This report has presented for the first time data on net margins for pigs derived from the FBS. On the full sample of 60 Specialist Pig Farms there was a net margin of £15804. This average figure masks a huge variation in performance with 43% of farms showing a negative net margin result. The highest net margins were recorded by those farms selling weaners. Indeed, on a per £100 output basis their net margin was four times higher than those farms selling fat pigs.

During the period covered by this report feed prices were comparatively low and stable. In 2006/07 there has been a considerable rise in cereal prices (since August 2006) which has not been fully compensated for in terms of a rise in pig prices.

Chapter 1

Economic Background

The purpose of this chapter is to collate relevant pig data for the UK. Data has been presented for the years 1995 to 2006. The following figures clearly portray the dramatic structural change that has taken place in the industry during this period.

Pig slaughterings

Tables 1.1 and 1.2 show the figures for pig slaughterings in UK abattoirs each month for the period January 1995 to December 2006. For the period 1995 to 1998 clean pig slaughterings increased but since 1998 the numbers killed has declined substantially. Indeed, from the peak in 1998, the total number of clean pigs slaughtered has fallen by 43%. The rate of decline has fallen in recent years with 2006 slaughterings being less than 1% lower than 2005. During 2001 slaughterings were affected by the Foot and Mouth Disease (FMD) with some 436000 pigs slaughtered which did not enter the food chain and therefore not included in the figures.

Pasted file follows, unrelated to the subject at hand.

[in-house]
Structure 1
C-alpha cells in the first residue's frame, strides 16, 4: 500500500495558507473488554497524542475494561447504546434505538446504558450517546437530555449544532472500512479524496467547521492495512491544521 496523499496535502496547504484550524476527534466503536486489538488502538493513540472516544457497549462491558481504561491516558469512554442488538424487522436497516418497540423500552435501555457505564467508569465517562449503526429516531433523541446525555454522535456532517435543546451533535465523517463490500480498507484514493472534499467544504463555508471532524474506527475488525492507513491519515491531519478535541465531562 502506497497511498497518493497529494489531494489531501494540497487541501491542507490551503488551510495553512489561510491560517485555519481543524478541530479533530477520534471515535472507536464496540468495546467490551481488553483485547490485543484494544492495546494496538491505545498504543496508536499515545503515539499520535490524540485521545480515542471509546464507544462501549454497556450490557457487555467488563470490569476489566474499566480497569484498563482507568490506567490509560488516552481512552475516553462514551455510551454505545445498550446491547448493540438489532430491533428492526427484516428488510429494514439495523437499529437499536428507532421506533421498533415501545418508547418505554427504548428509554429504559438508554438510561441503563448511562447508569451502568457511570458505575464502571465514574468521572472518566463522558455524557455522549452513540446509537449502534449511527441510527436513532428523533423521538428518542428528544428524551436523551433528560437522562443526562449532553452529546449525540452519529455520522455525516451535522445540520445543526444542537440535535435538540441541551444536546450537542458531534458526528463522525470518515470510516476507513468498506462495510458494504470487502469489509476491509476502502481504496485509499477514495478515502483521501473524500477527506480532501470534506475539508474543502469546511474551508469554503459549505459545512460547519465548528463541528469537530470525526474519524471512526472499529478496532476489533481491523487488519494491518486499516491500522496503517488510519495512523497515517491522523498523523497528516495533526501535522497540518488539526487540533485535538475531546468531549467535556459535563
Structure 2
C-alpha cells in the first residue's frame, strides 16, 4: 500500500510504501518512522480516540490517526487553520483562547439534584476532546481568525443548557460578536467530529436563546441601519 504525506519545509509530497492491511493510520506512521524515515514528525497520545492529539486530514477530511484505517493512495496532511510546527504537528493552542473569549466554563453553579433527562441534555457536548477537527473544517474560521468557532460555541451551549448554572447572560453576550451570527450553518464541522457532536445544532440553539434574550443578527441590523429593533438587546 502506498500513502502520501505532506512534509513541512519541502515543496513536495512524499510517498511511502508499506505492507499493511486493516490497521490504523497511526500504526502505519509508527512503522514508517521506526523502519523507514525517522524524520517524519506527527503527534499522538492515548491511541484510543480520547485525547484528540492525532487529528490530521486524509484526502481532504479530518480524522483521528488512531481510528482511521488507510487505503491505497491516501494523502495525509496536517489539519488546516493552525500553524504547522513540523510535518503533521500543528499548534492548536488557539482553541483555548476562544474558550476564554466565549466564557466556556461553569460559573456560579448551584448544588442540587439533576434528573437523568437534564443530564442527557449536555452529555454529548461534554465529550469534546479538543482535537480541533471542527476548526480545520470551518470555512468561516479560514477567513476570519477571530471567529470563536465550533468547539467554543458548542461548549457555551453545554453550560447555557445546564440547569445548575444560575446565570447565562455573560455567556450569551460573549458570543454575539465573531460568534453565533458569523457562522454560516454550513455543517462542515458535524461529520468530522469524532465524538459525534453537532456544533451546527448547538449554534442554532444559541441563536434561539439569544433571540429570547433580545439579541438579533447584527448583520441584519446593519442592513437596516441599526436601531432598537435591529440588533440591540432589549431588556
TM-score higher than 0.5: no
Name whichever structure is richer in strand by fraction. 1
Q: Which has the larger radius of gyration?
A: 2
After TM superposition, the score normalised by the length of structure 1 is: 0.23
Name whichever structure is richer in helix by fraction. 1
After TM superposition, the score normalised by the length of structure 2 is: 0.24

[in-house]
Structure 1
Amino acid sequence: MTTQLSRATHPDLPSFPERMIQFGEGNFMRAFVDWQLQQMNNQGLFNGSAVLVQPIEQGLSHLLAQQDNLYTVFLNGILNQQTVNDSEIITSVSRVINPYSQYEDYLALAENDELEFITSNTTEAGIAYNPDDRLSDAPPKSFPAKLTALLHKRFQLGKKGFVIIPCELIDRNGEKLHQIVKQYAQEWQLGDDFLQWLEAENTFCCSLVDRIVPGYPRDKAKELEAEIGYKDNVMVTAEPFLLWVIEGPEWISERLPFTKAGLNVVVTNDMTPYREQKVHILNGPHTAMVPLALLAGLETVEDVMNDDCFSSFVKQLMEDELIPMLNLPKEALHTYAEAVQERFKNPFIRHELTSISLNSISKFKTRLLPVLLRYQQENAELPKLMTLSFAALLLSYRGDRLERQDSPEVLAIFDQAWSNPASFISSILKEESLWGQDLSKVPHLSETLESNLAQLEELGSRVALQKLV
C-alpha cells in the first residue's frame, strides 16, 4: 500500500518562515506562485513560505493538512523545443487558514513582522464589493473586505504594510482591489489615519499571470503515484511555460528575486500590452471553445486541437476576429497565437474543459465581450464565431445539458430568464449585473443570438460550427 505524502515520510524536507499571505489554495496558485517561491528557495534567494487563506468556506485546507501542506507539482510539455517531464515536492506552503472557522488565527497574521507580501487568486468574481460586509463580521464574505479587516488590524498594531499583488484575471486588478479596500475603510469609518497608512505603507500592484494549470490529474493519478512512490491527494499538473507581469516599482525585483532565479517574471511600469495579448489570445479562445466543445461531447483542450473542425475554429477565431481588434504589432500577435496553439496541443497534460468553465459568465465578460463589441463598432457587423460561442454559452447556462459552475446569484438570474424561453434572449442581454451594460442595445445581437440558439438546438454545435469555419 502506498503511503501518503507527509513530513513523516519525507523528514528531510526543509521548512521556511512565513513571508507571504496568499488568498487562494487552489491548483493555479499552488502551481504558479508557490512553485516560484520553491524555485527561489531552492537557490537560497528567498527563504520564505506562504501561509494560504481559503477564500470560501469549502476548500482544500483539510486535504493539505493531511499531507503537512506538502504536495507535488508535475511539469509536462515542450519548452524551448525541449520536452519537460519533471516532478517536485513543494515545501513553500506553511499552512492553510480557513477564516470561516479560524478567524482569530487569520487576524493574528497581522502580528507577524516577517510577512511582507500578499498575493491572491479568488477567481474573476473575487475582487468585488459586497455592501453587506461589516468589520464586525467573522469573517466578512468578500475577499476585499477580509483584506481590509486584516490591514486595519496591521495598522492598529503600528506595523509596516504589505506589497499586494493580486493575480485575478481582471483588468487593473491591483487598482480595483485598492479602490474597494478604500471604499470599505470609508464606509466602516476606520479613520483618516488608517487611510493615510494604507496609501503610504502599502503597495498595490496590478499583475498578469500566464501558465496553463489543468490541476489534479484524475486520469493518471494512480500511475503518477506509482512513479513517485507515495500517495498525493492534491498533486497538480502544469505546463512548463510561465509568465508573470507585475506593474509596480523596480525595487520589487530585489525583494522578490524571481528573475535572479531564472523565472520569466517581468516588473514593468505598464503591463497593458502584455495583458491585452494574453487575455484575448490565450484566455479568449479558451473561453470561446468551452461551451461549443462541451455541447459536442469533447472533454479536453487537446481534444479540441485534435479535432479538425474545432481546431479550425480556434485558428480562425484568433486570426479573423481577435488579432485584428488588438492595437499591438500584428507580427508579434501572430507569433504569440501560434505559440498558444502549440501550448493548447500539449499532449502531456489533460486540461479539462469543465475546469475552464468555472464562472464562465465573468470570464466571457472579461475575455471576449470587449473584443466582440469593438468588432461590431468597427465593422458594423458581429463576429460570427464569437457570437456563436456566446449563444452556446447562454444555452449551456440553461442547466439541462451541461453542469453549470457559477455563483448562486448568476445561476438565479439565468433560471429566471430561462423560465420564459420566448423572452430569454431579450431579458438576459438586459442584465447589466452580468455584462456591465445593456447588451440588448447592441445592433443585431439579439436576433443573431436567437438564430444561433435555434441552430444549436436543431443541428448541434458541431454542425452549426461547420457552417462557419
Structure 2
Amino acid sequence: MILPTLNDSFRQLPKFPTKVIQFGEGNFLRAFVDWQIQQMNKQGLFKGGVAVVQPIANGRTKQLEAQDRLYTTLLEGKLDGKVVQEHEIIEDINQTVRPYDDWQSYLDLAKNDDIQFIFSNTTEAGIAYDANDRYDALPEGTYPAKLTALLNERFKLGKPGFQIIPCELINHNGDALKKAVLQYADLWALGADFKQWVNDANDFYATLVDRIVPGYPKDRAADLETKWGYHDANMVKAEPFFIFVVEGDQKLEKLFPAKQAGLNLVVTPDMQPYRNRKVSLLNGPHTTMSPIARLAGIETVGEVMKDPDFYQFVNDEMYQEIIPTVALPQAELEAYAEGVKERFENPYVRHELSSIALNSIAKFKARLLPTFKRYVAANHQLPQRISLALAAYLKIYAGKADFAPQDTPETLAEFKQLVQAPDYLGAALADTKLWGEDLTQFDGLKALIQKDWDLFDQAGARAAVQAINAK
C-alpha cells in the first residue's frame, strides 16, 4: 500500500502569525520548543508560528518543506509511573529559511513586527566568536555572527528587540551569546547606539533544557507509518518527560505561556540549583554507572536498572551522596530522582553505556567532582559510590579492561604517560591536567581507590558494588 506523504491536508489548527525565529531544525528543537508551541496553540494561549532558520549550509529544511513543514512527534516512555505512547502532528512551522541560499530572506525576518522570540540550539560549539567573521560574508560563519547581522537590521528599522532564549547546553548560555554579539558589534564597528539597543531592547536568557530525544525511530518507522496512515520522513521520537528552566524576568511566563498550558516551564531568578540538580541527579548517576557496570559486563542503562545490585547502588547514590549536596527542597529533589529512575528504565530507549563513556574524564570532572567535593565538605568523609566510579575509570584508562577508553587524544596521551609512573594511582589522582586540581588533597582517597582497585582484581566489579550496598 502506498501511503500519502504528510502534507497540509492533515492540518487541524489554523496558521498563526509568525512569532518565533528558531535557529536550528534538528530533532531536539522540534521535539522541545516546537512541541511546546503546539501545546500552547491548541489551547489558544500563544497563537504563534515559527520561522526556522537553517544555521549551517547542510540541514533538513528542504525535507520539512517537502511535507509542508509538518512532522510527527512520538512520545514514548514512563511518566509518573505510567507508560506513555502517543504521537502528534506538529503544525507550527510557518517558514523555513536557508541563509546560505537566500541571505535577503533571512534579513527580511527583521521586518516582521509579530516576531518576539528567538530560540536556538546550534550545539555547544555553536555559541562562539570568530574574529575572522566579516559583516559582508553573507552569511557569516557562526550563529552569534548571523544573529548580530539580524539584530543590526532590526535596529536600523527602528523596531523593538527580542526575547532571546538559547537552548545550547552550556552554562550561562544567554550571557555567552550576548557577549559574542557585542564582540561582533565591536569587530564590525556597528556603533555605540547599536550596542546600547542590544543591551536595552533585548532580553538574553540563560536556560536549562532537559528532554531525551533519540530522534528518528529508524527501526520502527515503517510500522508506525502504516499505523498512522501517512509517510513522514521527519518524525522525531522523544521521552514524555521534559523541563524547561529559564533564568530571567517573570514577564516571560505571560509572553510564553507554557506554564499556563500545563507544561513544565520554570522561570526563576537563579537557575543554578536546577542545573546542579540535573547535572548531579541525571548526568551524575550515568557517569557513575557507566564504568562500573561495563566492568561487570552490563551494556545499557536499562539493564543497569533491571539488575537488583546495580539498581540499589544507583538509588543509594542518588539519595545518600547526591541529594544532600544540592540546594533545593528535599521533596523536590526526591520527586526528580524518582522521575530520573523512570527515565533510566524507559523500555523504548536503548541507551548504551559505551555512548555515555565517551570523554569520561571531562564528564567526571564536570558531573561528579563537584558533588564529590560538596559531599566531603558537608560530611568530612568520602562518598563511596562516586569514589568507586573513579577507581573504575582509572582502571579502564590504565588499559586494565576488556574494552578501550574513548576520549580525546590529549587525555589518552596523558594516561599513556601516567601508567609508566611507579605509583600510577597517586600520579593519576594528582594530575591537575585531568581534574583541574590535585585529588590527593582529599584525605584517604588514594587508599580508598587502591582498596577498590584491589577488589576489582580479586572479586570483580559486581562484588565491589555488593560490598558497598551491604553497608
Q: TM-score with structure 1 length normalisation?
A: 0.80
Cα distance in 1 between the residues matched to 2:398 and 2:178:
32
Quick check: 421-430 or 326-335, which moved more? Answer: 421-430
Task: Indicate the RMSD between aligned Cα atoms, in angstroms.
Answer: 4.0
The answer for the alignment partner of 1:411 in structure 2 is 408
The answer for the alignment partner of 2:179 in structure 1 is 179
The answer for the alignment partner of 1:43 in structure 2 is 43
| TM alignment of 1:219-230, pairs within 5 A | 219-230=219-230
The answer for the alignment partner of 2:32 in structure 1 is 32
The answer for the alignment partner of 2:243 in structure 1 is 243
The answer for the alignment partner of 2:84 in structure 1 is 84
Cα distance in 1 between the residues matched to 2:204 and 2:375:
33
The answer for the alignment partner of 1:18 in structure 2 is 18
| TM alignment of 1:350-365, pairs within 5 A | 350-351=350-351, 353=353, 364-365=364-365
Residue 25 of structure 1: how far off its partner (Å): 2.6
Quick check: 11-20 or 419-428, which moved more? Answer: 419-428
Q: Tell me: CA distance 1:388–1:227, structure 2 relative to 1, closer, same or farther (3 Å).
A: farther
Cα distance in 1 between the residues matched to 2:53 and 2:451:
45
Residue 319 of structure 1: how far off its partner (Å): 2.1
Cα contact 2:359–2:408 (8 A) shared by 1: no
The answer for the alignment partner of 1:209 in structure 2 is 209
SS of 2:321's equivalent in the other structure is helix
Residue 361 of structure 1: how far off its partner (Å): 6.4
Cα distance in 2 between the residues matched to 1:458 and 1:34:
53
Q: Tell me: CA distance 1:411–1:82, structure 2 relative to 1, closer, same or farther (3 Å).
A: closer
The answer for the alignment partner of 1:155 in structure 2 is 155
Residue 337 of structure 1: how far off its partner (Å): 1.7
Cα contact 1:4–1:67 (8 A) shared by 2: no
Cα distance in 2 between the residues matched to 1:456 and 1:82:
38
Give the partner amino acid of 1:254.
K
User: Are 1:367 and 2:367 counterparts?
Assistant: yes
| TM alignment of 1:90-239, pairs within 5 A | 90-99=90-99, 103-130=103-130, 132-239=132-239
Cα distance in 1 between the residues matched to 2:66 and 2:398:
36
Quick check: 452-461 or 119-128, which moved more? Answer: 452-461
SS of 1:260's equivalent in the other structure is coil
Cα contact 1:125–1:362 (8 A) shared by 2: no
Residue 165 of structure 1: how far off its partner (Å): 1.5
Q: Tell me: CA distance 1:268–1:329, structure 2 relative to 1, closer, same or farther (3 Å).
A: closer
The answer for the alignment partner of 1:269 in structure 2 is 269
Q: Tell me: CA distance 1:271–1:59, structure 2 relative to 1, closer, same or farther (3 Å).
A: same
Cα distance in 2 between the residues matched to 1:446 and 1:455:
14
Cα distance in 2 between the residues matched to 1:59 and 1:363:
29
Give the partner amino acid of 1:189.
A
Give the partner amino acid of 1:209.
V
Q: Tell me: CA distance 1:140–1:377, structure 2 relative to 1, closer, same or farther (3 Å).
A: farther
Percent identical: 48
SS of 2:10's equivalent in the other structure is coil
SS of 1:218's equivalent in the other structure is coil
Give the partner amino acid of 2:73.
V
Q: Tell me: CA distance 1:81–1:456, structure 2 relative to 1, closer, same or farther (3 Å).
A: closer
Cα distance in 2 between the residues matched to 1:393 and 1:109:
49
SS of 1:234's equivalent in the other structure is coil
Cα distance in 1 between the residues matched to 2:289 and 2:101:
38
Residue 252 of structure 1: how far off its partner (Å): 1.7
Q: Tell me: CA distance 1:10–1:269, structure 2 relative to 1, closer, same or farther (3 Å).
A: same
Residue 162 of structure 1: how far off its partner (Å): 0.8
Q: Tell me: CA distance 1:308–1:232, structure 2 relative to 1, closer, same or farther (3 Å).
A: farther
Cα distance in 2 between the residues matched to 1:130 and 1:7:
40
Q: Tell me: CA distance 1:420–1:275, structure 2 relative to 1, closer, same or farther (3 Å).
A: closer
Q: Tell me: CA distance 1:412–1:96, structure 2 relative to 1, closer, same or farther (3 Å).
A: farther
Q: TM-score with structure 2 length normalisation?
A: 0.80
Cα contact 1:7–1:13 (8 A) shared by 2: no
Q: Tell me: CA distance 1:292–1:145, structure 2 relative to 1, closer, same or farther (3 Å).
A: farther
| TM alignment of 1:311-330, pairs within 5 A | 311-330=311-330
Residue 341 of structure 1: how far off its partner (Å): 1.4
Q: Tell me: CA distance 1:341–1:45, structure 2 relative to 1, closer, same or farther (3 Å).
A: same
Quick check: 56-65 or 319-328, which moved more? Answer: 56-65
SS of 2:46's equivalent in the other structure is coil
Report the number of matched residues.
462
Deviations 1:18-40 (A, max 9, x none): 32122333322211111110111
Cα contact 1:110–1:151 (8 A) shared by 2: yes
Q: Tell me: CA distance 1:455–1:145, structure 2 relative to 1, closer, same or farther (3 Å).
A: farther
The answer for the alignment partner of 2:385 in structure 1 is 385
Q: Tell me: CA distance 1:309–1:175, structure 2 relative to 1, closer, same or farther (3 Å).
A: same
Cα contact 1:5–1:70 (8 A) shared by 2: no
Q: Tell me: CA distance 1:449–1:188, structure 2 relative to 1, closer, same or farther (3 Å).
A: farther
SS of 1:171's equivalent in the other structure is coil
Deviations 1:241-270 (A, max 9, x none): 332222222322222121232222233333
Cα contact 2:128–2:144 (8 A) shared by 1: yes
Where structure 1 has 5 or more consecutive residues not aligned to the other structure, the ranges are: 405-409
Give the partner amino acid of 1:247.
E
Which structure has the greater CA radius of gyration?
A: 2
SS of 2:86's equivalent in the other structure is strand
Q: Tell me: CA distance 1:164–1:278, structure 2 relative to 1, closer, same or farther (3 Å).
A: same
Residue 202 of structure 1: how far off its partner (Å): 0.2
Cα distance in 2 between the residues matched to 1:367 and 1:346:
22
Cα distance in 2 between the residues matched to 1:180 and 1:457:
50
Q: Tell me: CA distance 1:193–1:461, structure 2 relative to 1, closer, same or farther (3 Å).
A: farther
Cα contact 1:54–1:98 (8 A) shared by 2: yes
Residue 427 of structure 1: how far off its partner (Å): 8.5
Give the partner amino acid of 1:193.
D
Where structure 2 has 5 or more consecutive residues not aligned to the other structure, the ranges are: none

The figures for sows and boars generally match those of clean pigs except that in 2001 there was a sharp decline in slaughterings due to the impact of FMD. It is also noticeable that in 2005 there was a 16% fall in slaughterings compared to 2004 and a further fall recorded in 2006.

UK Pig Population, Production and Prices

Table 1.3 shows that the pig population in the UK has declined by 36% during the last ten years. There has been a 35% decline in production of dressed carcase weight during the same period. This is less than number of pigs killed (marketings), which declined by 41%, due to an increase in the carcase weight. Average carcase weight in 2006 was 75kg, a rise of 12% on the average weight in 1995-1997. The value of production has fallen by 45% due to a combination of lower prices and reduced numbers. Price levels were much higher in 1995-1997 compared to 2006. The rate of decline has steadied in recent years and the 2006 census data shows a slight increase in the total number of pigs compared to 2005.

UK Supply and use of Pork and Bacon

Table 1.4 shows the impact on the falling numbers on the percentage contribution made by home produced meat to total supply. Pork production as a percentage of supply has fallen from 104% in 1995-97 to 62% in 2006. Imports have increased nearly three-fold in the same time period. Bacon and ham production as a percentage of supply has fallen from 51% to 44% in the same time period. This figure has been relatively stable since 2002 and the level of imports has not changed dramatically during this period.

UK Pig prices

Table 1.5 shows the pig prices for the period 1995-2006. During 1995-1997 prices were both high and fluctuated considerably from month to month. For the next two years there was a period of very low prices resulting in very heavy losses in the sector and consequent decline in pig numbers. In more recent years the monthly pig price data is noticeably much more stable. In the period 2004-2006 prices have fluctuated by only a few pence on a monthly basis. The average annual price for 2004 and 2005 was 103 pence and in 2006 it was 105 pence per kg.

Figure 3 Average Pig Prices 1995-2006

To view the full report, please click here

July 2007